|Newly diagnosed with hep c,also have hiv..........
Nov 23, 2004
I recently found out I have hep c and may have been co-infected all along. I have been hiv for about 16 years. My HCV viral load is 7 million. My doctor says the hep c hasn't been a problem for me and doesn't recommend treatment at this time. My question is have I cut my chances of survival in half? How realistic is it to believe I can live a long life with both viruses?
Response from Dr. Pierone
Studies have shown that many people with HIV infection are co-infected with Hepatitis C and testing for this viral infection should be part of routine care (even for those with normal liver function tests). If the antibody test is positive, a Hepatitis C genotype and viral level should be measured.
This virus is different from HIV in that the viral load does not correlate with stage of disease. One person may have a Hep C viral level of 30 million and have no fibrosis on liver biopsy and someone else may have a viral level of 200,000 and have cirrhosis. Currently, the only way to accurately gauge the grade (inflammation) and stage (fibrosis) of Hep C is to have a liver biopsy. This may changing though, a blood test called Fibrosure is a promising approach that may allow non-invasive determination of liver status. Liver experts are not yet convinced about Fibrosure though, and studies are ongoing.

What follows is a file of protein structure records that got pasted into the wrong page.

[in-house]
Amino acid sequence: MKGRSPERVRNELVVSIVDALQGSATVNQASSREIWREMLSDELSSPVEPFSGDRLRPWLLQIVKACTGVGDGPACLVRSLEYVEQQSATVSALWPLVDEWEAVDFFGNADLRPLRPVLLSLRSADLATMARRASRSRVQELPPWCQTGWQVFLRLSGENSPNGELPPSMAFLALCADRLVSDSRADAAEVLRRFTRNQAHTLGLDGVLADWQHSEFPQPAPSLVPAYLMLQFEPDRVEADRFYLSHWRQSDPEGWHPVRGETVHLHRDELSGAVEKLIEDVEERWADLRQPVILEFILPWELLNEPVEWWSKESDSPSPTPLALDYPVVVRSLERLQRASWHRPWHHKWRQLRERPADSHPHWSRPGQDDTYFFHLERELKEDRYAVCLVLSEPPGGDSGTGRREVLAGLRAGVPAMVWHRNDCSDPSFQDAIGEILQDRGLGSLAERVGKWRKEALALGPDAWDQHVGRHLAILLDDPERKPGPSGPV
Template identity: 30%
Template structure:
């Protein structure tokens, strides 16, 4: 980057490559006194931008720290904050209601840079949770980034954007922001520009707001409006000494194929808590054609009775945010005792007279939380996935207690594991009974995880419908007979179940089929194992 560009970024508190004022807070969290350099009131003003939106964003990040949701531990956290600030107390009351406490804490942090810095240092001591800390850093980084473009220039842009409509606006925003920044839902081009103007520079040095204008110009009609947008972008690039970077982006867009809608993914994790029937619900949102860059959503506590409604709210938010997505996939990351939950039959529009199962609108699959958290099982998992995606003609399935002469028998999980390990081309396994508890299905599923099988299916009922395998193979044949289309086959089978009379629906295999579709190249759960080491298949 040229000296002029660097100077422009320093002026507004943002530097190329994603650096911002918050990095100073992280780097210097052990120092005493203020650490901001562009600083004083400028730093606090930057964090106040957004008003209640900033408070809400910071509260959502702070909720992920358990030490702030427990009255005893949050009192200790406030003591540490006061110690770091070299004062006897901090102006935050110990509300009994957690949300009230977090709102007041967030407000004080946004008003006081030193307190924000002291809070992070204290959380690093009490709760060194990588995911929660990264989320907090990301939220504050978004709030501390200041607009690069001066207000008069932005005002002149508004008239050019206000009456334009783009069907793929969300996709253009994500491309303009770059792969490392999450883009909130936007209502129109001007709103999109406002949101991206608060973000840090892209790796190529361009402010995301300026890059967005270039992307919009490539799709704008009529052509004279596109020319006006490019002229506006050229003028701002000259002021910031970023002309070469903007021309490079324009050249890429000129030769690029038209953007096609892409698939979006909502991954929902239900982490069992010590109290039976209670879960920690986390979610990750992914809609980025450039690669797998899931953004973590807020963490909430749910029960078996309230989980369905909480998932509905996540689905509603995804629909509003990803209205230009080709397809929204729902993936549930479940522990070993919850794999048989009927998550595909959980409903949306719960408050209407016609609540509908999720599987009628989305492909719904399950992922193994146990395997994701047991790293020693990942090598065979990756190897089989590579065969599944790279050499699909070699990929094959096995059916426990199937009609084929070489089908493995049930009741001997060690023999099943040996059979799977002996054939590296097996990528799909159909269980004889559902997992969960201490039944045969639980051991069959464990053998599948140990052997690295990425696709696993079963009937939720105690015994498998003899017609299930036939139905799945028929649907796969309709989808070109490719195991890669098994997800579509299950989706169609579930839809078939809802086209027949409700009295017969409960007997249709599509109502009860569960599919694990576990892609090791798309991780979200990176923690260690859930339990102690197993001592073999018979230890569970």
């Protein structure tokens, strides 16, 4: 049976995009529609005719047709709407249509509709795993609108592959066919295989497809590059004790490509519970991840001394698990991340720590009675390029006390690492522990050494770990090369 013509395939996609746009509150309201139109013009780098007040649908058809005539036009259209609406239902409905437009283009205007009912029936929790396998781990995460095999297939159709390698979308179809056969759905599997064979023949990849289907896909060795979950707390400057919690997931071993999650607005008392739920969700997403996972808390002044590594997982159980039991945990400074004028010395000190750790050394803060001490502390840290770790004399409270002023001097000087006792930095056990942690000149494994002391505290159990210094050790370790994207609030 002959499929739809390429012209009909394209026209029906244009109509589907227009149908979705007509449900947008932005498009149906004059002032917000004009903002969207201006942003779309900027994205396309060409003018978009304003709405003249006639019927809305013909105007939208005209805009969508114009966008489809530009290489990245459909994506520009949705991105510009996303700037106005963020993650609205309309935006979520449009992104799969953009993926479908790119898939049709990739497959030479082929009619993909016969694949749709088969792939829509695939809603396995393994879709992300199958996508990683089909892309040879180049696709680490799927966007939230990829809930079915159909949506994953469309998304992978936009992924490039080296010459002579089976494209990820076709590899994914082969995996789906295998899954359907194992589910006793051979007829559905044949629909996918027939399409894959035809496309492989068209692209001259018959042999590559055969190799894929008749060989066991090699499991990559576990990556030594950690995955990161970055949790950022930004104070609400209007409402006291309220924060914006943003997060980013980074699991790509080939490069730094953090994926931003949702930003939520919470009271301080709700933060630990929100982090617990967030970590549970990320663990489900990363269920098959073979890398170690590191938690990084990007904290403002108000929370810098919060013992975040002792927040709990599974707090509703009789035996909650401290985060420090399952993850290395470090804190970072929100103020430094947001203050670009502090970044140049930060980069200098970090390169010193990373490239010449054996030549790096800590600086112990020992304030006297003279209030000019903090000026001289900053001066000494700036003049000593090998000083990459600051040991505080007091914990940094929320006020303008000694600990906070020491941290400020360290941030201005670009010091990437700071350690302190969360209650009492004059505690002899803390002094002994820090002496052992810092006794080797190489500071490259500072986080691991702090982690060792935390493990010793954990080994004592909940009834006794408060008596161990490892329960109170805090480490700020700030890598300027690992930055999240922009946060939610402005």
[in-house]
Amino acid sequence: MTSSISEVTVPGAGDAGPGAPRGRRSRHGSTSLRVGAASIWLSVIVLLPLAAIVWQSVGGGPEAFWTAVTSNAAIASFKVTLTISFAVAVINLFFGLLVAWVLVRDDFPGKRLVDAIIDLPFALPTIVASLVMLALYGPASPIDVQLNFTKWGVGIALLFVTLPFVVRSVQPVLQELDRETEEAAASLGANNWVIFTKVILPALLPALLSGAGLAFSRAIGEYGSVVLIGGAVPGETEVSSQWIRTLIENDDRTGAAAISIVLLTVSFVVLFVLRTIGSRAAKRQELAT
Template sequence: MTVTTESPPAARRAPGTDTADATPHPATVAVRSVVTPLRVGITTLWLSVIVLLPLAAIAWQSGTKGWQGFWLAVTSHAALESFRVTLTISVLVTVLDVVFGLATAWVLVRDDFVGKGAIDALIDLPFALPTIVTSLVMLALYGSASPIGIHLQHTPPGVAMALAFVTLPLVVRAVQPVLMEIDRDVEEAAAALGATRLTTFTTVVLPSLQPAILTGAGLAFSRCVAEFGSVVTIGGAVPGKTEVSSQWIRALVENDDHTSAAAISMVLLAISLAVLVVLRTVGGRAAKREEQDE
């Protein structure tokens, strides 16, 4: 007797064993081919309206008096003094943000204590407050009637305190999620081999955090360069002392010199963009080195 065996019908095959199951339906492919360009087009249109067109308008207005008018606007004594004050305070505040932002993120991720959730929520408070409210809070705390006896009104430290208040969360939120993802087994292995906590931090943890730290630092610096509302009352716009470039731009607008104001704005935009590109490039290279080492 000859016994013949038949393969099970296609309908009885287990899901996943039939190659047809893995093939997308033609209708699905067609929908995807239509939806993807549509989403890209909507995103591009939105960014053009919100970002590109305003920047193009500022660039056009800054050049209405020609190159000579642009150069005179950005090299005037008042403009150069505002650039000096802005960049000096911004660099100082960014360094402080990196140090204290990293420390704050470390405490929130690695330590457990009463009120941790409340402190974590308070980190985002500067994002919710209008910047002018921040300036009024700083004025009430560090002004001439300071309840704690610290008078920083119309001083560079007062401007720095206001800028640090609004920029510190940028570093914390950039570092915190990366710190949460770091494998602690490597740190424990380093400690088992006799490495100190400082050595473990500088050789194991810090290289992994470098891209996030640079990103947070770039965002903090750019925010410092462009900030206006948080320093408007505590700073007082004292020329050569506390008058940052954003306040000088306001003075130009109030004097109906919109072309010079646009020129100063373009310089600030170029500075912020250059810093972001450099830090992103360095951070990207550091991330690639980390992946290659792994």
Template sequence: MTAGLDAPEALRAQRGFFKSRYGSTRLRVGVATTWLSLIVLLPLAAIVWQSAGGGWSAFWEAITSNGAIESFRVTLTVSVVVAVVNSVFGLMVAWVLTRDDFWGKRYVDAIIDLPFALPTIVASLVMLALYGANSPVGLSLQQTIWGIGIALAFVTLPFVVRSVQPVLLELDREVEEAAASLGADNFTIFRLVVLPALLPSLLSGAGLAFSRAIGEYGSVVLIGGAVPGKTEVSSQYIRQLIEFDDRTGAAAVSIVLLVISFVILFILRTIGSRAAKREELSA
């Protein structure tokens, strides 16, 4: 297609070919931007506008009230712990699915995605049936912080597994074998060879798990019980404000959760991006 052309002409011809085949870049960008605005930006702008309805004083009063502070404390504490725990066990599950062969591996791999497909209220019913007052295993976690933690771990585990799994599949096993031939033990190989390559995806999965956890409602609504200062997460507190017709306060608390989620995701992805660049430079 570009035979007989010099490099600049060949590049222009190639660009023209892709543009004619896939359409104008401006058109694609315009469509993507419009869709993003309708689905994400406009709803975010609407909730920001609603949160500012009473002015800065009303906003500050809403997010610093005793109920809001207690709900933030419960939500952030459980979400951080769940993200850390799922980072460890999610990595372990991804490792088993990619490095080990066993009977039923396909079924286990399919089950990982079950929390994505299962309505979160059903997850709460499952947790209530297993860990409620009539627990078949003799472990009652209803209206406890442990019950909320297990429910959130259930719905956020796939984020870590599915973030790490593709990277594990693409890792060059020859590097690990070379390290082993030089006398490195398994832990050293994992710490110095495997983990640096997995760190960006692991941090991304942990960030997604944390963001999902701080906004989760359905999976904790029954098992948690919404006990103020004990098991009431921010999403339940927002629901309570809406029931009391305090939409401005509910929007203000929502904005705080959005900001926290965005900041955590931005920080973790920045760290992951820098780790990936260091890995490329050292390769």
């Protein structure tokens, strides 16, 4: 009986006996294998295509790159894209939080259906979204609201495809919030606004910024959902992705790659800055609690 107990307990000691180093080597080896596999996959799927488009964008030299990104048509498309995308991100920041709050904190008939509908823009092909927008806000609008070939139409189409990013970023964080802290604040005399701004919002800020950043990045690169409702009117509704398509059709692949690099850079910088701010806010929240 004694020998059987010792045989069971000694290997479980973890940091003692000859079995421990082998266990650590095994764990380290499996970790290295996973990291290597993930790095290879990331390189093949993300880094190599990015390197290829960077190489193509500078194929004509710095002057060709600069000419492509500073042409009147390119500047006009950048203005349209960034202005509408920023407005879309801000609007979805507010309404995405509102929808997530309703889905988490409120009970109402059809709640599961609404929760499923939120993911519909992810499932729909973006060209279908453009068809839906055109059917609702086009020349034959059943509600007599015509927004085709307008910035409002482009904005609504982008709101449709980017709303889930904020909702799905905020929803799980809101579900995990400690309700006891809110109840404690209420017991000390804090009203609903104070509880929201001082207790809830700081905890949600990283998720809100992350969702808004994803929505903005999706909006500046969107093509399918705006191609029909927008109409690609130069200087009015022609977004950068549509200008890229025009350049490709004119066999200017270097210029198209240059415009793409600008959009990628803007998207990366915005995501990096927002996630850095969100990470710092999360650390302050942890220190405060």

Regardless, some assessment of liver status should be undertaken in someone with Hepatitis C in order to determine prognosis and potential need for therapy. The prognosis for someone with minimal liver fibrosis and inflammation is excellent. On the other hand, stage 4 (cirrhosis) changes on a liver biopsy would be cause for concern and aggressive management.
Ask you doctor about liver assessment and this should help answer your question about long-term prognosis. Some new agents in the pipeline promise to revolutionize the treatment of Hep C in the coming few years, so even for people with significant disease there is reason for optimism. Good luck.
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